MIT scientist among three recognized for the discovery of optogenetics
by Julie Pryor | March 27, 2018
Ed Boyden, the Y. Eva Tan Professor in Neurotechnology at MIT, has been named a recipient of the 2018 Canada Gairdner International Award — Canada’s most prestigious scientific prize — for his role in the discovery of light-gated ion channels and optogenetics, a technology to control brain activity with light.
Boyden’s work has given neuroscientists the ability to precisely activate or silence brain cells to see how they contribute to – or possibly alleviate – brain disease. By optogenetically controlling brain cells, it has become possible to understand how specific patterns of brain activity might be used to quiet seizures, cancel out Parkinsonian tremors and make other improvements to brain health.
Boyden is one of three scientists the Gairdner Foundation is honoring for this work. He shares the prize with Peter Hegemann from Humboldt University of Berlin and Karl Deisseroth from Stanford University.
“I am honored that the Gairdner Foundation has chosen our work in optogenetics for one of the most prestigious biology prizes awarded today,” says Boyden, who is also a member of MIT’s McGovern Institute for Brain Research, and an associate professor of the Media Lab, the Brain and Cognitive Science Department and the Biological Engineering Department at MIT. “It represents a great collaborative body of work, and I feel excited that my angle of thinking like a physicist was able to contribute to biology.”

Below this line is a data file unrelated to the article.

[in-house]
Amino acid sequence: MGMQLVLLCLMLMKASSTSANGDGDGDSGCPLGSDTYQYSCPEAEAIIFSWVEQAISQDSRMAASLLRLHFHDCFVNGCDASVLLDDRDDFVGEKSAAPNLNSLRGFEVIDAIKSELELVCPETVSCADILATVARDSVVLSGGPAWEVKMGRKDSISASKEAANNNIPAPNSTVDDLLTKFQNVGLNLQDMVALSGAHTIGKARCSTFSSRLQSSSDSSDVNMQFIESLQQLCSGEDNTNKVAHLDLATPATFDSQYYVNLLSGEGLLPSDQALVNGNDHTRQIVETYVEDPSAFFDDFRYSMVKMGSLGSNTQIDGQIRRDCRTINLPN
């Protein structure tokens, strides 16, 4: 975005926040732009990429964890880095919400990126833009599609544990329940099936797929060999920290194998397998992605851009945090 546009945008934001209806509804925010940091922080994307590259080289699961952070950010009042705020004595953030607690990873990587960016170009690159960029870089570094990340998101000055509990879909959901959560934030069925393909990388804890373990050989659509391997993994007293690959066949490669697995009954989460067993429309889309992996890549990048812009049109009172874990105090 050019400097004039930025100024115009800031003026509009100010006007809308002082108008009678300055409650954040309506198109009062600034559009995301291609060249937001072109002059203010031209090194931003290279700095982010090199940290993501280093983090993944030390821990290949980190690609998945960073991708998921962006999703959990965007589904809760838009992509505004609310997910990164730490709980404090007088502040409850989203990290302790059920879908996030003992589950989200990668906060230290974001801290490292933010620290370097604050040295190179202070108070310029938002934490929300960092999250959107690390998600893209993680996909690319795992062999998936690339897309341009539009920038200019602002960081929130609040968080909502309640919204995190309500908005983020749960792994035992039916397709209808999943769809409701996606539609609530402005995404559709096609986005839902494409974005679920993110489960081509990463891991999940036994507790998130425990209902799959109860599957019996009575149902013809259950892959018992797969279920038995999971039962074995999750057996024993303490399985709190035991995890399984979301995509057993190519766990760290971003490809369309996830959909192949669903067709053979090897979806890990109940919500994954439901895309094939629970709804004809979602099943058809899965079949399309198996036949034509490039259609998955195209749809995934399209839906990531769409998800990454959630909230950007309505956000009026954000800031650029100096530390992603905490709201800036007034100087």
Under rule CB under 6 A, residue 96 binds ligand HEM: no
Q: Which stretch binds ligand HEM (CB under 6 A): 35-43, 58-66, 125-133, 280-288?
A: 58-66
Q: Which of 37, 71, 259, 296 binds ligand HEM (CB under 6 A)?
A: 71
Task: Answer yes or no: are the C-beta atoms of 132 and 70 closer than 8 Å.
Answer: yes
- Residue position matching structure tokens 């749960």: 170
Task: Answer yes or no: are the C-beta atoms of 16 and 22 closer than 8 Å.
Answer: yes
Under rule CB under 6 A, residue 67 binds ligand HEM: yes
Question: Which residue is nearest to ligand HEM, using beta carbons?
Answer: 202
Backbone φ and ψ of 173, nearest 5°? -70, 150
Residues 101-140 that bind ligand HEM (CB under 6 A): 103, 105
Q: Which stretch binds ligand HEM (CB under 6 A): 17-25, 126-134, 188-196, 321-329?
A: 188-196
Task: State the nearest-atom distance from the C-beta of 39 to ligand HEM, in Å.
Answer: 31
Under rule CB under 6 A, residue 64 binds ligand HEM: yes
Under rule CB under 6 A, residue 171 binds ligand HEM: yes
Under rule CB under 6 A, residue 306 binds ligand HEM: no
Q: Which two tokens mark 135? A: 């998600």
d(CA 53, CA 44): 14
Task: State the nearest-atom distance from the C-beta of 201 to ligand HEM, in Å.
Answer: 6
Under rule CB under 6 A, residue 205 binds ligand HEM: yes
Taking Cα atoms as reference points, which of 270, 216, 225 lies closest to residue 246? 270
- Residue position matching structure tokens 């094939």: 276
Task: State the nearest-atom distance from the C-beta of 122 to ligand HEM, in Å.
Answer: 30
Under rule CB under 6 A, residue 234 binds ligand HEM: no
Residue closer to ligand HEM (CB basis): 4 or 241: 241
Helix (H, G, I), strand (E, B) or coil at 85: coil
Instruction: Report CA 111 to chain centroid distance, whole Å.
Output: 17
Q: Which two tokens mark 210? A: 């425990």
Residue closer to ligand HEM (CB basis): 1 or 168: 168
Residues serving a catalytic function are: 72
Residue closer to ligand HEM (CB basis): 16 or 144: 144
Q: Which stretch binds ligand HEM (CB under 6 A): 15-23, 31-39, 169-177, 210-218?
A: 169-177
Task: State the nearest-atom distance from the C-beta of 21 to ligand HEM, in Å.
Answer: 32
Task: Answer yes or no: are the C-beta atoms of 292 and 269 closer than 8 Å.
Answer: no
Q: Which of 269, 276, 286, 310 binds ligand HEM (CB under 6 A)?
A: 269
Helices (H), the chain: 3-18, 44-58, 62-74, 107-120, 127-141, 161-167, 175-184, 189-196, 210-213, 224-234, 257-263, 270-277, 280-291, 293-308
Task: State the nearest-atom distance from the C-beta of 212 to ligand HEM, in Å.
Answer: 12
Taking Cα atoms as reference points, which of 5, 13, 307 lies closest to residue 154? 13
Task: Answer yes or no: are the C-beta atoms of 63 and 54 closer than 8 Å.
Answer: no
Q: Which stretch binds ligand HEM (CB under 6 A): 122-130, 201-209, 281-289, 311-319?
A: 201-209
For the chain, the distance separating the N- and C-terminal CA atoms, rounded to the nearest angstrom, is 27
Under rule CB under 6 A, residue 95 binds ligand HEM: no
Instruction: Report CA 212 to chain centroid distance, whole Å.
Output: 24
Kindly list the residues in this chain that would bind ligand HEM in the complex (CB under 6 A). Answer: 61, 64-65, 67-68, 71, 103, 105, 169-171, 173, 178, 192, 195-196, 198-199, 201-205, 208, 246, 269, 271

Boyden, along with fellow laureate Karl Deisseroth, brainstormed about how microbial opsins could be used to mediate optical control of neural activity while both were students in 2000. Together, they collaborated to demonstrate the first optical control of neural activity using microbial opsins in the summer of 2004, when Boyden was at Stanford. At MIT, Boyden’s team developed the first optogenetic silencing (2007), the first effective optogenetic silencing in live mammals (2010), noninvasive optogenetic silencing (2014), multicolor optogenetic control (2014), and temporally precise single-cell optogenetic control (2017).
In addition to his work with optogenetics, Boyden has pioneered the development of many transformative technologies that image, record, and manipulate complex systems, including expansion microscopy and robotic patch clamping. He has received numerous awards for this work, including the Breakthrough Prize in Life Sciences (2016), the BBVA Foundation Frontiers of Knowledge Award (2015), the Carnegie Prize in Mind and Body Sciences (2015), the Grete Lundbeck European Brain Prize (2013), and the Perl-UNC Neuroscience prize (2011). Boyden is an elected member of the American Academy of Arts and Sciences and the National Academy of Inventors.
“We are thrilled Ed has been recognized with the prestigious Gairdner Award for his work in developing optogenetics,” says Robert Desimone, director of the McGovern Institute. “Ed’s body of work has transformed neuroscience and biomedicine, and I am exceedingly proud of the contributions he has made to MIT and to the greater community of scientists worldwide.”
The Canada Gairdner International Awards, created in 1959, are given annually to recognize and reward the achievements of medical researchers whose work contributes significantly to the understanding of human biology and disease. The awards provide a $100,000 (CDN) prize to each scientist for their work. Each year, the five honorees of the International Awards are selected after a rigorous two-part review, with the winners voted by secret ballot by a medical advisory board composed of 33 eminent scientists from around the world.